Toronto Film Society presented Something of Value (1957) on Sunday, January 16, 1983 in a double bill with My Little Chickadee as part of the Season 35 Sunday Afternoon Film Buffs Series “A”, Programme 5.
Production Company: Metro-Goldwyn-Mayer. Producer: Pandro S. Berman. Director: Richard Brooks. Assistant Directors: William A. Horning, Edward Carfagiso. Screenplay: Richard Brooks. Editor: Ferris Webster. Music: Miklos Rozsa. Set Designer: Wesley C. Miller.
Cast: Rock Hudson (Peter McKenzie), Dana Wynter (Holly Keith), Wendy Hiller (Elizabeth Newton), Sidney Poitier (Kimani), Juano Hernandez (Njogu), William Marshall (Leader), Robert Beatty (Jeff Newton), Walter Fitzgerald (Henry McKenzie), Michael Pate (Joe Matson), Ivan Dixon (Lathela).
Something of Value is based on a best-selling novel by Robert Ruark, about the Mau Mau atrocities against white settlers in postwar Kenya. The basic story–that of the lives of two boyhood friends taking strongly divergent paths–has been filmed many times. In this case, Sidney Poitier plays Kimani, a young African who has grown up with Peter McKenzie (Rock Hudson), the son of his employer. Made painfully aware by Jeff Newton, Peter’s brother-in-law, that his future position will be nothing more than that of a servant, Kimani is further humiliated when his father is imprisoned after committing a ritual murder. He is recruited into the Mau Mau movement, and later leads a terrorist raid on the McKenzie farmhouse.
When the raid has taken place, the Sidney Poitier character sees himself in a mirror in the house. He doesn’t break the mirror as a willful act of destruction, but from a sense of self-loathing and guilt.
Kimani subsequently goes on to become a Mau Mau general, and Peter becomes horrified at the extent to which the settlers, fighting terrorism, are themselves driven to terrorist methods–violence feeding on violence.
Rock Hudson came to Something of Value fresh from successes in Written on the Wind and Giant, after several years of working his way up to stardom in bit parts and starring roles in programmers like Taza, Son of Cochise. The quiet-spoken actor from Illinois, in his early days, had two strikes against him. The first was his ridiculous stage name, given him by his agent, Henry Wilson–who was notorious for coming up with such improbably names as Tab Hunter, Rory Calhoun, etc. Hudson’s real name was Roy Fitzgerald, but reportedly Wilson wanted to avoid confusion with Irish actor Barry Fitzgerald. Hudson’s second problem, oddly enough, was his appearance, so like one of those improbably handsome men on the cover of a Harlequin romance. The result was that his acting ability was often overlooked. However, Hudson, although not an actor of great emotional range, has usually in his major roles been quietly competent–and frequently that lowkey underplaying is as effective as the most violent histrionics.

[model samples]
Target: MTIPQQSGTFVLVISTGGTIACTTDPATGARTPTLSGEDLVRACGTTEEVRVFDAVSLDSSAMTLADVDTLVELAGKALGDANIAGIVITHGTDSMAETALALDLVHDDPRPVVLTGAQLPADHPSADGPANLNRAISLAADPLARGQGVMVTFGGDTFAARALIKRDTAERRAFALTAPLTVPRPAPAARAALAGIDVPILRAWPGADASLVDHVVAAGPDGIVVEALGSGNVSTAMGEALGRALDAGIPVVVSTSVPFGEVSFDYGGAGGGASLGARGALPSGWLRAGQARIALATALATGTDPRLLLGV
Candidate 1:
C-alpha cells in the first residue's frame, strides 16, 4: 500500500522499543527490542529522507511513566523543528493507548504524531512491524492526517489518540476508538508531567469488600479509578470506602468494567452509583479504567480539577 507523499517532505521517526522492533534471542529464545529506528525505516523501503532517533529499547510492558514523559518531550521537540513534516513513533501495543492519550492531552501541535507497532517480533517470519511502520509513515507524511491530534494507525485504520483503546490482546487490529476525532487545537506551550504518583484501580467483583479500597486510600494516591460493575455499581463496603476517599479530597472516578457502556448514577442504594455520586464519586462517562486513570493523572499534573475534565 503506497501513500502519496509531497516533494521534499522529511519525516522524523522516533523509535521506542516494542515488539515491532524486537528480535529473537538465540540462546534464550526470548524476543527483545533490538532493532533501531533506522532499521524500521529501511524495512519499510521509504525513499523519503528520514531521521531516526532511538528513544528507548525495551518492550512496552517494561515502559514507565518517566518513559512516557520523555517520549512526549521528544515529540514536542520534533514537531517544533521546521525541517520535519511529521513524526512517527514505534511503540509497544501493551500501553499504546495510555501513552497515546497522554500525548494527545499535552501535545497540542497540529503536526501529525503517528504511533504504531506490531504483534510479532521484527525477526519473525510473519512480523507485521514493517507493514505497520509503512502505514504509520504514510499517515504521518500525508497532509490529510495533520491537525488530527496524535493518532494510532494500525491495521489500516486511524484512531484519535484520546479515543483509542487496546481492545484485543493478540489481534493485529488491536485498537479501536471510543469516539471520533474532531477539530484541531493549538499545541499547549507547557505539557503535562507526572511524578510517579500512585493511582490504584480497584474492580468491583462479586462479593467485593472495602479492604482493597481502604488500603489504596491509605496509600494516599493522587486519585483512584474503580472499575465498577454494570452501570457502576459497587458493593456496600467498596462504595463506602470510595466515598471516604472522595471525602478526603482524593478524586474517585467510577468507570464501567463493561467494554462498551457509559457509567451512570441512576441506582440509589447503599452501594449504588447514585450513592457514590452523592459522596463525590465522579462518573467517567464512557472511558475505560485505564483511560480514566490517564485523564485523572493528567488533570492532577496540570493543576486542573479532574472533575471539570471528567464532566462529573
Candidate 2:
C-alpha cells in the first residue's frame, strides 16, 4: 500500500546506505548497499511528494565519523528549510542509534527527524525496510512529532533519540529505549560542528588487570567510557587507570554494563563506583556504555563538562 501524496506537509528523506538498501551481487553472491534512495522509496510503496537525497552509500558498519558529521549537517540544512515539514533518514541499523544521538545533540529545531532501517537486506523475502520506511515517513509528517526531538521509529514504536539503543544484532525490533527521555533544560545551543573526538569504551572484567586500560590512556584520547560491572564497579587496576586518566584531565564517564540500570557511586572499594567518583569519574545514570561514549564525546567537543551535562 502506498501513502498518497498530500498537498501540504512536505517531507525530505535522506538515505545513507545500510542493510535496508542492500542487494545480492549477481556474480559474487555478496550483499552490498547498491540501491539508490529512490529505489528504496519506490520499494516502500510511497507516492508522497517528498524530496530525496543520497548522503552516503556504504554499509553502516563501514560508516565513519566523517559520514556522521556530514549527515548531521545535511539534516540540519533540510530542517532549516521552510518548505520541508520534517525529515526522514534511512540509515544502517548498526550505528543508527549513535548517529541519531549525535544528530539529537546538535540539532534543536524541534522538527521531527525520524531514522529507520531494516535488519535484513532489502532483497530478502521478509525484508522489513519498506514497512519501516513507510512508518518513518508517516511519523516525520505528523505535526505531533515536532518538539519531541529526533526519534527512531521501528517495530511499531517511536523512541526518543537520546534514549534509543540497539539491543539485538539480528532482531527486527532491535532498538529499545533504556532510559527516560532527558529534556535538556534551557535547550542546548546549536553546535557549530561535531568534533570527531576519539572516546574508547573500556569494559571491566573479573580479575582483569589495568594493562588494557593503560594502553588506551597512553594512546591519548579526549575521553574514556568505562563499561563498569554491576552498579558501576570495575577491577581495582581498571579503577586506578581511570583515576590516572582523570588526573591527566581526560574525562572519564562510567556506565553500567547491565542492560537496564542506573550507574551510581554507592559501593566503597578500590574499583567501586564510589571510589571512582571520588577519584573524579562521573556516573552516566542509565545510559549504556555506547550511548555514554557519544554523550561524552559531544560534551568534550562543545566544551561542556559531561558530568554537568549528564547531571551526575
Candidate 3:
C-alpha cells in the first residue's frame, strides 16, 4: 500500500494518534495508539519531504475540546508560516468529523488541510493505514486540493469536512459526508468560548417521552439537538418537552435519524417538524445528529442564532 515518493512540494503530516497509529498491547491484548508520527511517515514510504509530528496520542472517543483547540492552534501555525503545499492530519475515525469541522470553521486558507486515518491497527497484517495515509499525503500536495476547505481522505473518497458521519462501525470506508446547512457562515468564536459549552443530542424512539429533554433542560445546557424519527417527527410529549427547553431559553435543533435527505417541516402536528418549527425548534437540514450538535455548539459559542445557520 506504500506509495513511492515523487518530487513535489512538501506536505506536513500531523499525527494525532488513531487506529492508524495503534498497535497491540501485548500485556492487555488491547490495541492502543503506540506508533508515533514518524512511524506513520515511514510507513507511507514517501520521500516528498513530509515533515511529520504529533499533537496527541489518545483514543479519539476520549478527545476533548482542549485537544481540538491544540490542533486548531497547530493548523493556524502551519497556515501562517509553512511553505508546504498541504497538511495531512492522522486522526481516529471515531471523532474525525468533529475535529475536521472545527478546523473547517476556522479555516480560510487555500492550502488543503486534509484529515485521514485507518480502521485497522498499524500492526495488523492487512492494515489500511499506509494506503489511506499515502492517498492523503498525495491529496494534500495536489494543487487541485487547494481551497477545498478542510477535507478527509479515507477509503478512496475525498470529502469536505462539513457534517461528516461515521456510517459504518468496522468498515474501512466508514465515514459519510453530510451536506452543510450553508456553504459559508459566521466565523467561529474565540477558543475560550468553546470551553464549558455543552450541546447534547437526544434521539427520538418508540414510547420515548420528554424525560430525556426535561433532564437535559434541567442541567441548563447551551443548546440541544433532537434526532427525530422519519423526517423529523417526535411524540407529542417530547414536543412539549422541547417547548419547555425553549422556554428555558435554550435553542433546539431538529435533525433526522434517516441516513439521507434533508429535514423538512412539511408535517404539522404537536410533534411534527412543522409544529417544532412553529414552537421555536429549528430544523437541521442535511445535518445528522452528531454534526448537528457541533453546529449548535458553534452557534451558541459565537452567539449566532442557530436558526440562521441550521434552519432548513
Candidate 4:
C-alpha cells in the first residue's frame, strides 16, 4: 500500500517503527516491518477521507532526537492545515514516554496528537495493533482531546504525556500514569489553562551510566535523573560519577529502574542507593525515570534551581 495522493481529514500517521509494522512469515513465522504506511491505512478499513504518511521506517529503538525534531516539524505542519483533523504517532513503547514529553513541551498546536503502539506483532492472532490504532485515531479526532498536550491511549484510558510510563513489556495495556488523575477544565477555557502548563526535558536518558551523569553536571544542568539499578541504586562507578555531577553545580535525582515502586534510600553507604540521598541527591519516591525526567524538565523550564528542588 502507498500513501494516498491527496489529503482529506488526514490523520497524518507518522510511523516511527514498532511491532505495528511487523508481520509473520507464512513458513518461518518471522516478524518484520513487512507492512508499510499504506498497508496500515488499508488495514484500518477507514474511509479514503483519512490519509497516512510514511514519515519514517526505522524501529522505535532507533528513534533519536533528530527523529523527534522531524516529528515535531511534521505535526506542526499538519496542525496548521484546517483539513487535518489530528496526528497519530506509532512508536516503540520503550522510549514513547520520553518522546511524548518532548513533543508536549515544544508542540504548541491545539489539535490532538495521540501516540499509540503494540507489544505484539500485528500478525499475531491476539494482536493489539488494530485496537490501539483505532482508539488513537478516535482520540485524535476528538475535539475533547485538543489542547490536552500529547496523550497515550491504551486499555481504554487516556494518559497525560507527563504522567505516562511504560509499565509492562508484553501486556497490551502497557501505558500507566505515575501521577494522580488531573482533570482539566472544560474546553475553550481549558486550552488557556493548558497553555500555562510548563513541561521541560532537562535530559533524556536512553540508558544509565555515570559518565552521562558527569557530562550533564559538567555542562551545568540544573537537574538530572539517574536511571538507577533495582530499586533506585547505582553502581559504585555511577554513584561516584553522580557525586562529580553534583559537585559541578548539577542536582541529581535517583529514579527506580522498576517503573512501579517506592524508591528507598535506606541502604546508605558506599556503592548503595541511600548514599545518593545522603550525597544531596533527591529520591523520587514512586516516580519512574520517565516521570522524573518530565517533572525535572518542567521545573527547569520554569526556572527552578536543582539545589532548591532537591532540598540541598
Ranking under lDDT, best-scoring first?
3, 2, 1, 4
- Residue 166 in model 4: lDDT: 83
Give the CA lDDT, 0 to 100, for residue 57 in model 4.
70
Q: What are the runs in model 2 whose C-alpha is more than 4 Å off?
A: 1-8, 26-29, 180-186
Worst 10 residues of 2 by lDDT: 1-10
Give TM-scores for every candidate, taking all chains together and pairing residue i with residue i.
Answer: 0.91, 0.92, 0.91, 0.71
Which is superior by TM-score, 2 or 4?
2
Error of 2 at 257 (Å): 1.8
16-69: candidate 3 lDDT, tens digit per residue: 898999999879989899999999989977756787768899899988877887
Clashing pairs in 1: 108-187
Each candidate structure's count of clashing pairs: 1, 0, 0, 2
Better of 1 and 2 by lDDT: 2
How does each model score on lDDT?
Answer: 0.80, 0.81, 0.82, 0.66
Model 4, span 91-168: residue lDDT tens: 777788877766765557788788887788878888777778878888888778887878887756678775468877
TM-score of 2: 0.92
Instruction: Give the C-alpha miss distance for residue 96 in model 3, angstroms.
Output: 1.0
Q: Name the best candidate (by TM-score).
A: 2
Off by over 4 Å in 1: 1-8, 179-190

Sidney Poitier had just triumphed in Edge of the City, with ohn Cassavetes. The Miami-born, Bahams-raised actor had made his Hollywood debut in 1950, starring in Joseph L. Mankiewicz’s No Way Out. This portrayal–of a doctor persecuted by criminal Richard Widmark–set the tone for much of Poitier’s subsequent work, as a noble and skilled professional (To Sir, with Love), or as a martyr (The Defiant Ones). His role in today’s film is something of an exception.
Poitier is a highly talented actor, able to convey sincerity, compassion, intelligence, brooding restfulness, and understanding so skillfully that he makes it seem easy. Above all, he projects dignity.
Richard Brooks had sought out Poitier for Something of Value after being delighted by the actor’s work in Brook’s 1955 film The Blackboard Jung, the explosive study of highschool delinquency. Other films to Brook’s credit include Deadline U.S.A., with Humprey Bogart, and The Last Time I Saw Paris, starring the young and radiant Elizabeth Taylor.
The cast of Something of Value includes Wendy Hiller, best known for playing Eliza Doolittle int he 1938 Pygmalion, opposite Leslie Howard as Henry Higgins. This film of George Bernard Shaw’s play was remade in 1964 as My Fair Lady, with Audrey Hepburn as Eliza.
Juano Hernandez, as Njogu, the tattered demagogue, is best remembered for his excellent performance as the friend of young Claude Jarman in 1949’s Intruder in the Dust.
Filming, in common with so many ’50s films, was done on location, in Kenya. Given the present-day troubles in Rhodesia, a film with a somewhat similar theme could be set there today; Hollywood, however, seems to have lost interest in Africa in the last 25 years, and such a film appears unlikely.
Notes by John Thompson